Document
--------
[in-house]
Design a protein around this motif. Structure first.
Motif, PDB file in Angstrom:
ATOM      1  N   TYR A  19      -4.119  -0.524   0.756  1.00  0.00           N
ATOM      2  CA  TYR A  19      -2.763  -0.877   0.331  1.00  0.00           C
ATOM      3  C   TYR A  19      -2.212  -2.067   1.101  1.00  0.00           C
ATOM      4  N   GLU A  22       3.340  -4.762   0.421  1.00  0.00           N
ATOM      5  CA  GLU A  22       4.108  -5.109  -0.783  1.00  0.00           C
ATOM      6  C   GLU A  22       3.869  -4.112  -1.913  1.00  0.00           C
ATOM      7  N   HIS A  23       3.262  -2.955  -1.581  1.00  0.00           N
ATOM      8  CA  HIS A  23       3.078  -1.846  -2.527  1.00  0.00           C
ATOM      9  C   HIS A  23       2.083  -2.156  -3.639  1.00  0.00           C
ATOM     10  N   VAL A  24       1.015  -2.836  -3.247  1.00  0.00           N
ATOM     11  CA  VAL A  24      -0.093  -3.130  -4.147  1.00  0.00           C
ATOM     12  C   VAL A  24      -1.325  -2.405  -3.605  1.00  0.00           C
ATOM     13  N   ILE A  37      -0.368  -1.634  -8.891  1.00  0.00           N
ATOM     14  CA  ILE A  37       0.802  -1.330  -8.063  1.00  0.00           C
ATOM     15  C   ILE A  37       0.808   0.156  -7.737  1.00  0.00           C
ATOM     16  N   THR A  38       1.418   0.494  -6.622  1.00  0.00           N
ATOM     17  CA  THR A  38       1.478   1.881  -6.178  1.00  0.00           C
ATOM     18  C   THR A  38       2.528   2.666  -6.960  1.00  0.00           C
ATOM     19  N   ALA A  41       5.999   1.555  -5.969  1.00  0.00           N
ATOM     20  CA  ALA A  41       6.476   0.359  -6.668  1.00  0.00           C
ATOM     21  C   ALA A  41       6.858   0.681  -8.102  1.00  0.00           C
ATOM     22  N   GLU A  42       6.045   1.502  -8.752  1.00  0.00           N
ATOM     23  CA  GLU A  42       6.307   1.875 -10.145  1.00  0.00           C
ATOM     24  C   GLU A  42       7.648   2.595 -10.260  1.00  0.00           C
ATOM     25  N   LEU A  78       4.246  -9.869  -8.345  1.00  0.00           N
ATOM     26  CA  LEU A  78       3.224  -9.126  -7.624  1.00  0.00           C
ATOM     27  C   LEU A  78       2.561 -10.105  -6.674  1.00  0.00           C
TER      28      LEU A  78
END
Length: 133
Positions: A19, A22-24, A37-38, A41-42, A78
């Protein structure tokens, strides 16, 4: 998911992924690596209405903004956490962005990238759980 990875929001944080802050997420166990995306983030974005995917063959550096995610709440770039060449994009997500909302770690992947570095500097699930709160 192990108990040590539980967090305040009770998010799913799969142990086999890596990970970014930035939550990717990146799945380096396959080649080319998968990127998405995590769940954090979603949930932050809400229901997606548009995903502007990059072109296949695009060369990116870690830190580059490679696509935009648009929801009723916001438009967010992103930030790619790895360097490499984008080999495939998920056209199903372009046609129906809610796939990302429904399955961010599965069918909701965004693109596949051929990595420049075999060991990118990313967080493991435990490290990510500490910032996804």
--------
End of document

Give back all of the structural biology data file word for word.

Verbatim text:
[in-house]
Design a protein around this motif. Structure first.
Motif, PDB file in Angstrom:
ATOM      1  N   TYR A  19      -4.119  -0.524   0.756  1.00  0.00           N
ATOM      2  CA  TYR A  19      -2.763  -0.877   0.331  1.00  0.00           C
ATOM      3  C   TYR A  19      -2.212  -2.067   1.101  1.00  0.00           C
ATOM      4  N   GLU A  22       3.340  -4.762   0.421  1.00  0.00           N
ATOM      5  CA  GLU A  22       4.108  -5.109  -0.783  1.00  0.00           C
ATOM      6  C   GLU A  22       3.869  -4.112  -1.913  1.00  0.00           C
ATOM      7  N   HIS A  23       3.262  -2.955  -1.581  1.00  0.00           N
ATOM      8  CA  HIS A  23       3.078  -1.846  -2.527  1.00  0.00           C
ATOM      9  C   HIS A  23       2.083  -2.156  -3.639  1.00  0.00           C
ATOM     10  N   VAL A  24       1.015  -2.836  -3.247  1.00  0.00           N
ATOM     11  CA  VAL A  24      -0.093  -3.130  -4.147  1.00  0.00           C
ATOM     12  C   VAL A  24      -1.325  -2.405  -3.605  1.00  0.00           C
ATOM     13  N   ILE A  37      -0.368  -1.634  -8.891  1.00  0.00           N
ATOM     14  CA  ILE A  37       0.802  -1.330  -8.063  1.00  0.00           C
ATOM     15  C   ILE A  37       0.808   0.156  -7.737  1.00  0.00           C
ATOM     16  N   THR A  38       1.418   0.494  -6.622  1.00  0.00           N
ATOM     17  CA  THR A  38       1.478   1.881  -6.178  1.00  0.00           C
ATOM     18  C   THR A  38       2.528   2.666  -6.960  1.00  0.00           C
ATOM     19  N   ALA A  41       5.999   1.555  -5.969  1.00  0.00           N
ATOM     20  CA  ALA A  41       6.476   0.359  -6.668  1.00  0.00           C
ATOM     21  C   ALA A  41       6.858   0.681  -8.102  1.00  0.00           C
ATOM     22  N   GLU A  42       6.045   1.502  -8.752  1.00  0.00           N
ATOM     23  CA  GLU A  42       6.307   1.875 -10.145  1.00  0.00           C
ATOM     24  C   GLU A  42       7.648   2.595 -10.260  1.00  0.00           C
ATOM     25  N   LEU A  78       4.246  -9.869  -8.345  1.00  0.00           N
ATOM     26  CA  LEU A  78       3.224  -9.126  -7.624  1.00  0.00           C
ATOM     27  C   LEU A  78       2.561 -10.105  -6.674  1.00  0.00           C
TER      28      LEU A  78
END
Length: 133
Positions: A19, A22-24, A37-38, A41-42, A78
């Protein structure tokens, strides 16, 4: 998911992924690596209405903004956490962005990238759980 990875929001944080802050997420166990995306983030974005995917063959550096995610709440770039060449994009997500909302770690992947570095500097699930709160 192990108990040590539980967090305040009770998010799913799969142990086999890596990970970014930035939550990717990146799945380096396959080649080319998968990127998405995590769940954090979603949930932050809400229901997606548009995903502007990059072109296949695009060369990116870690830190580059490679696509935009648009929801009723916001438009967010992103930030790619790895360097490499984008080999495939998920056209199903372009046609129906809610796939990302429904399955961010599965069918909701965004693109596949051929990595420049075999060991990118990313967080493991435990490290990510500490910032996804």